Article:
Lesser-known and interesting facts about Former President of South Africa Nelson Mandela:
Nelson Rolihlahla Mandela, bynamed Madiba — in reference to the tribe he hailed from, was the first Black President of South Africa. As the harbinger of the movement calling for the abolition of the apartheid system in the country, Mandela is revered across the world for his political activism in bringing racial equality and justice in South Africa.
Born on July 18, 1918, in Mvezo, South Africa, Mandela was the son of Nkosi Mphakanyiswa Gadla Mandela, principal councillor to the acting King of the Thembu people. Mandela pursued his higher studies — enrolling in the University College of Fort Hare, however, he was expelled from the institute for his rendezvous with a student protest movement.
He later earned his degree in Bachelor of Arts through the University of South Africa and went back to Fort Hare for his graduation in 1943. Mandela had been seeking to pursue a career in law upon graduating but was unable to complete his education for numerous reasons throughout his life — poverty and imprisonment being the more central.
Mandela’s foray into politics began during his academic years, leading him to join the African National Congress in 1944. Thereupon, he headed the party’s youth wing. Mandela’s decisive leverage in the party prompted him to swiftly climb the ranks, enabling him to influence the ANC to adopt a more radical mass-based policy, the Programme of Action, in 1949.
A diploma enabled Mandela to practice law in the country, ascertaining him as one of the first Black lawyers in the country. In partnership with fellow ABC leader Oliver Tambo, Mandela established South Africa’s first Black law practice, specializing in cases arising from the post-1948 apartheid legislation. In 1955 he was engaged in drafting the Freedom Charter, a document proposing a nonracial social democracy in South Africa.
Mandela’s activism made him a known target in South Africa, a situation that led him to be imprisoned multiple times throughout his political career. He also renounced his nonviolent approach to racial activism after the massacre of Black South Africans by police forces in 1960. Thereafter, he became a vocal advocate for acts of sabotage against the racist South African regime and co-founded the Umkhonto we Sizwe — the military wing of the ANC.
Mandela was imprisoned for life on charges of treason for his involvement with the Umkhonto we Sizwe in 1964. He spent over two decades incarcerated, refusing a conditional release from prison on multiple occasions. Nonetheless, the gradual worsening circumstances of the South African government led President de Klerk to release Mandela from prison in 1990. Upon release, Mandela took charge of the ANC and steered negotiations to end the apartheid system in South Africa.
In 1994 Mandela led ANC to victory during South Africa’s first elections by universal suffrage, wherein Mandela was sworn in as President of the country’s first multiethnic government. During his tenure at the office, he oversaw the execution of a new democratic constitution in the country and endeavoured to bring justice to people who had suffered due to the apartheid regime.
Mandela retired from active politics at the end of his presidency. However, he remained a key figure in international politics as an advocate of peace and racial equality. An organisation established in his name oversaw issues that impeded social justice around the world. Recognising his life-long efforts to end racial discrimination in South Africa and across the globe, the United Nations began to observe his birthday as the Nelson Mandela International Day.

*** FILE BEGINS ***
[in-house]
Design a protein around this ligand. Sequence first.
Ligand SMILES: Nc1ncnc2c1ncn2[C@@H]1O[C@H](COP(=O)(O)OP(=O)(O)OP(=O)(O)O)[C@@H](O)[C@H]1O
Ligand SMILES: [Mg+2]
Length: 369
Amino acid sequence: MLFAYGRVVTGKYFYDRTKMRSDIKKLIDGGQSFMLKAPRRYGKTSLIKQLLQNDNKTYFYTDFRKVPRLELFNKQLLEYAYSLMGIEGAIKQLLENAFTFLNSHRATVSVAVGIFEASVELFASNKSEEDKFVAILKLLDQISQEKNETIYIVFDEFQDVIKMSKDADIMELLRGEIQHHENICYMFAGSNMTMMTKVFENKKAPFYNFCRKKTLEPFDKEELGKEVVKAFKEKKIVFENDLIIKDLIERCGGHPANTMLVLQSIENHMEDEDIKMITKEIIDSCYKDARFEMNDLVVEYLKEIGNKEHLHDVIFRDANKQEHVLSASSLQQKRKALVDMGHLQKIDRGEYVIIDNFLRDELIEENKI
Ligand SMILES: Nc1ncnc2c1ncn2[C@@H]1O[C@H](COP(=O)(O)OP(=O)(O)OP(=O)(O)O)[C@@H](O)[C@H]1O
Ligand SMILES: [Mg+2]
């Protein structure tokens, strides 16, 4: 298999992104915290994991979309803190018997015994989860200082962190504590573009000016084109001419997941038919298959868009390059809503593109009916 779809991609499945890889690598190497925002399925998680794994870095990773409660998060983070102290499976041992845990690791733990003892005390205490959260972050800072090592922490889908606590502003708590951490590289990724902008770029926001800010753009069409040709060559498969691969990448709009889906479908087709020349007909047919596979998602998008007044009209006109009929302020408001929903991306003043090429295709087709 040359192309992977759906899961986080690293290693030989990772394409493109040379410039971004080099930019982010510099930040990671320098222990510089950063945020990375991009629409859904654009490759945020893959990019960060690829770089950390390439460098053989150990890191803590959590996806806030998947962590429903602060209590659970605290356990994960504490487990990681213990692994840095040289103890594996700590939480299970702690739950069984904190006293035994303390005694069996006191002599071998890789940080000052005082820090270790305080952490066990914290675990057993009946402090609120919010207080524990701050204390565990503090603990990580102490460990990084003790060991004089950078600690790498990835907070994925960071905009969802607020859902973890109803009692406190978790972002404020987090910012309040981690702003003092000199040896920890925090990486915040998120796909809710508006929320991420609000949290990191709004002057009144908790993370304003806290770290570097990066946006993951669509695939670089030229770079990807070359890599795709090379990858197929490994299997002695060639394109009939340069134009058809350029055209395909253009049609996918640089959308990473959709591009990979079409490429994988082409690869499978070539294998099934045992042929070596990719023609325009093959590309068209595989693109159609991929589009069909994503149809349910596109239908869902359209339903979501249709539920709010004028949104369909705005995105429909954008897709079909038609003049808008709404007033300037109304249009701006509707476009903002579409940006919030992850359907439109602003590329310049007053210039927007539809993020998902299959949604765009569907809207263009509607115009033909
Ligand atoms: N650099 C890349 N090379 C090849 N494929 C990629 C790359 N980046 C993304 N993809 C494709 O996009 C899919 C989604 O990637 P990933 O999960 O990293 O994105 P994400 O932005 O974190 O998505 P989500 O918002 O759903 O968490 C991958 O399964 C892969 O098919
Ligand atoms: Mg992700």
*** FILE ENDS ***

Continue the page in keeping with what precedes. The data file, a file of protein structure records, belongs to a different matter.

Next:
Here are 10 facts you might not know about Nelson Mandela:
- Mandela is considered the father of Modern South Africa for the instrumental role he played in tearing down the oppressive government and installing democracy in the country.
- Mandela’s birth name was Rolihlahla. As it was customary for school-going children to be given a Christian name, his primary school teacher gave him the name Nelson.
- After leaving the University College of Fort Hare, the king of his tribe coerced him and his cousin to agree to arranged marriages. They both ran away to Johannesburg to avoid the marriages.
- Mandela was bestowed with the Nobel Peace Prize in 1993 for peacefully eradicating the Apartheid regime and laying the foundation for democracy in South Africa. In addition to the Nobel Peace Prize, he had won over 250 other awards during his lifetime.
- Nelson Mandela married thrice during his lifetime. He was married in 1944 to Evelyn Ntoko Mase. They were married for 13 years. He later married Winnie Madikizela in 1958 and they divorced in 1996 after 38 years. In 1998, on his 80th birthday, he married Graca Machel, who was the widow of a former Mozambique president.
- When Mandela was evading authorities during his fight against apartheid, he disguised himself in various ways, including as a chauffeur. The press nicknamed him “The Black Pimpernel” because of his police evasion tactics.
- The Nelson Mandela International day calls upon people to spend 67 minutes doing something good for others, alluding to the 67 years he spent working toward change
- After retiring from active politics, Mandela became an active participant in the Nelson Mandela Foundation that focused on combating HIV/AIDS and supported rural development and school construction in Africa.
- In 1968, both his mother and son passed away. However, he was not permitted out of prison to attend their funerals. His son passed away due to suffering from AIDS.
- The autobiography A Long Walk to Freedom, which chronicles Mandela’s early life and years in prison, was published in 1994.